Spambots are getting a lot smarter at harvesting email addresses from web pages. Nobody wants spam. Hence, we need a solution that's going to simultaneously save our Inboxes and not give our readers a pain in the neck.
Putting an email address on a website is a lot trickier proposition than it used to be. These days, the web is populated with evil spambots, crawling the web and scraping email addresses off websites, which they can then use to solicit your interest in perverse sexual apparatus or imitation Rolex wristwatches.
But for those of us who are selling something, we have no choice but to provide a way for our readers to contact us. Now, in the past, many things have been done to accomplish this: overly elaborate or unnecessary contact forms, replacing part or all of an email address with an image, or munging an email address.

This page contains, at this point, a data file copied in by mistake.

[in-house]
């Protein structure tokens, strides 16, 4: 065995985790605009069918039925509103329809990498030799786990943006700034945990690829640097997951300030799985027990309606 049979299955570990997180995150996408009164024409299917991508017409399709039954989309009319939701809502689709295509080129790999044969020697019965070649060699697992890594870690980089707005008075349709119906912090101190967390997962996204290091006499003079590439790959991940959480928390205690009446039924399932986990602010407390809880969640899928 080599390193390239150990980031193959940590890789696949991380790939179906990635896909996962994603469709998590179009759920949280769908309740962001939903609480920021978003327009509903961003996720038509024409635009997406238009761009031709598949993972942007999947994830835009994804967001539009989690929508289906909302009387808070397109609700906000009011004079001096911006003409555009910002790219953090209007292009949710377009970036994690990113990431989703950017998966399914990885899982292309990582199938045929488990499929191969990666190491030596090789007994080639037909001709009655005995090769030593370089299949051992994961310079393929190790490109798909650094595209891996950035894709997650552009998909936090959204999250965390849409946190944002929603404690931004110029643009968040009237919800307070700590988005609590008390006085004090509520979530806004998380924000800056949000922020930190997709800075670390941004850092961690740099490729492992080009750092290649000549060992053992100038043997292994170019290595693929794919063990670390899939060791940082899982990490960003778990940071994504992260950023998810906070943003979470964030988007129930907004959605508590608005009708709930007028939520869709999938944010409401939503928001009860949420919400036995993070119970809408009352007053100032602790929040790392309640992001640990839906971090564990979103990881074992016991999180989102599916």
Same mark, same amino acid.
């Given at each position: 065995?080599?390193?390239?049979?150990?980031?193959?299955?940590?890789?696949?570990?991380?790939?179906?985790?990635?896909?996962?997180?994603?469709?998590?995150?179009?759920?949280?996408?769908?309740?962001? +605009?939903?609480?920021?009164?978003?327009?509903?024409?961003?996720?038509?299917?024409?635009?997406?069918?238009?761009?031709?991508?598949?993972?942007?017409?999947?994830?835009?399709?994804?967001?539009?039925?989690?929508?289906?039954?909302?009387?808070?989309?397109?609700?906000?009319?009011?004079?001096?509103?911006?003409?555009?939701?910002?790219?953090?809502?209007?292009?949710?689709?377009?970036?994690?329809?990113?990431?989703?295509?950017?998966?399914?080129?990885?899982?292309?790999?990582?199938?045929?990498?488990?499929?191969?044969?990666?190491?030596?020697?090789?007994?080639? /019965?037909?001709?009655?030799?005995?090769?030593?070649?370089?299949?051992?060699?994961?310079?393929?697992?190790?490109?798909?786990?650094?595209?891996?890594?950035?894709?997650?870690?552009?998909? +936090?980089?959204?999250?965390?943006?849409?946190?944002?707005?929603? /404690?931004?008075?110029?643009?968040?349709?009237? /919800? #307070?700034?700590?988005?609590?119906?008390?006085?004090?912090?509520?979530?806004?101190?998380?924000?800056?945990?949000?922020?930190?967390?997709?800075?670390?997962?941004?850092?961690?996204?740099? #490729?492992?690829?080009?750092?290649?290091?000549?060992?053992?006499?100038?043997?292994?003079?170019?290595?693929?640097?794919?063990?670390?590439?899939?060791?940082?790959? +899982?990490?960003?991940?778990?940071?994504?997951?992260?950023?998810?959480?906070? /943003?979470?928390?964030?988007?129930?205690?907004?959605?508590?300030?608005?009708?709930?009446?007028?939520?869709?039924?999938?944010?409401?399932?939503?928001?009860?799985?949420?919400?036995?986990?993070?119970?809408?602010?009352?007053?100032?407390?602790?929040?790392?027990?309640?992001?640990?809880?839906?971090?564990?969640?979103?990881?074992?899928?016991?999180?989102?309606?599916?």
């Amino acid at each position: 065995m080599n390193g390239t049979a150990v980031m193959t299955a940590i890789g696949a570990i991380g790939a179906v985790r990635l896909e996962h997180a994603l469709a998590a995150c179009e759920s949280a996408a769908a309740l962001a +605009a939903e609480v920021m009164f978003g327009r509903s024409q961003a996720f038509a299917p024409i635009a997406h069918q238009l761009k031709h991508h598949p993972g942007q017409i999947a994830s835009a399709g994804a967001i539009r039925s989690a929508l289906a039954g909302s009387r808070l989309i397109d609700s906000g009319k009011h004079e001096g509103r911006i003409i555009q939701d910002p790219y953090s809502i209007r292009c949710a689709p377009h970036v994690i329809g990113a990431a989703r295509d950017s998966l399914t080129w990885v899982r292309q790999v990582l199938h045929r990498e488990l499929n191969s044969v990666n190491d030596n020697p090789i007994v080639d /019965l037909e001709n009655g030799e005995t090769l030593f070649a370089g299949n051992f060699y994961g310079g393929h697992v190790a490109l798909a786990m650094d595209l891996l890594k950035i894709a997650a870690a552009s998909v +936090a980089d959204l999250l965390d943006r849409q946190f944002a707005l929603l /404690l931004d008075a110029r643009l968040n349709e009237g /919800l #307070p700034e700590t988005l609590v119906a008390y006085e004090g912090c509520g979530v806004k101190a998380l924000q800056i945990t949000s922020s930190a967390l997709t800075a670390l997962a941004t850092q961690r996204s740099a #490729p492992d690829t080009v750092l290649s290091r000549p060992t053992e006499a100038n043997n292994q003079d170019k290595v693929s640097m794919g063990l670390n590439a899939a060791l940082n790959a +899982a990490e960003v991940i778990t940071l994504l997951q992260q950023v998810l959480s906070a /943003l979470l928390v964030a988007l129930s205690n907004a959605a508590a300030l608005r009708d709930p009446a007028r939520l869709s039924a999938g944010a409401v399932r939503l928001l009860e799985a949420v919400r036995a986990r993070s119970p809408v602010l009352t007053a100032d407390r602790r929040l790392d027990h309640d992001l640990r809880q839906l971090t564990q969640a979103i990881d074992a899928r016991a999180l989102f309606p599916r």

All three of these techniques are unsatisfactory. First, all of these techniques are often beatable by smart spambots. Second, and even more importantly, the bottom line from a usability perspective is quite simple: These strategies convolute things for users. The easiest interface element we can provide for our users is link that, when clicked, opens up a new email addressed to us in their email client.
- No known spambot can harvest an email address based on a random key encrypted email address.
- It seems quite unlikely that any will be able to any time soon.
- The website user gets the easiest possible experience.
- It is very easy to do with free online tools like this anti-spam email link obfuscator.
A second disadvantage, and one that is common to all of the presented strategies, is that this is merely an attempt to fix a symptom rather than an attempt to solve the real problem of e-mail spam.
The advantage of this approach, as I see it, is that it does not do so at the expense of causing problems for innocent users.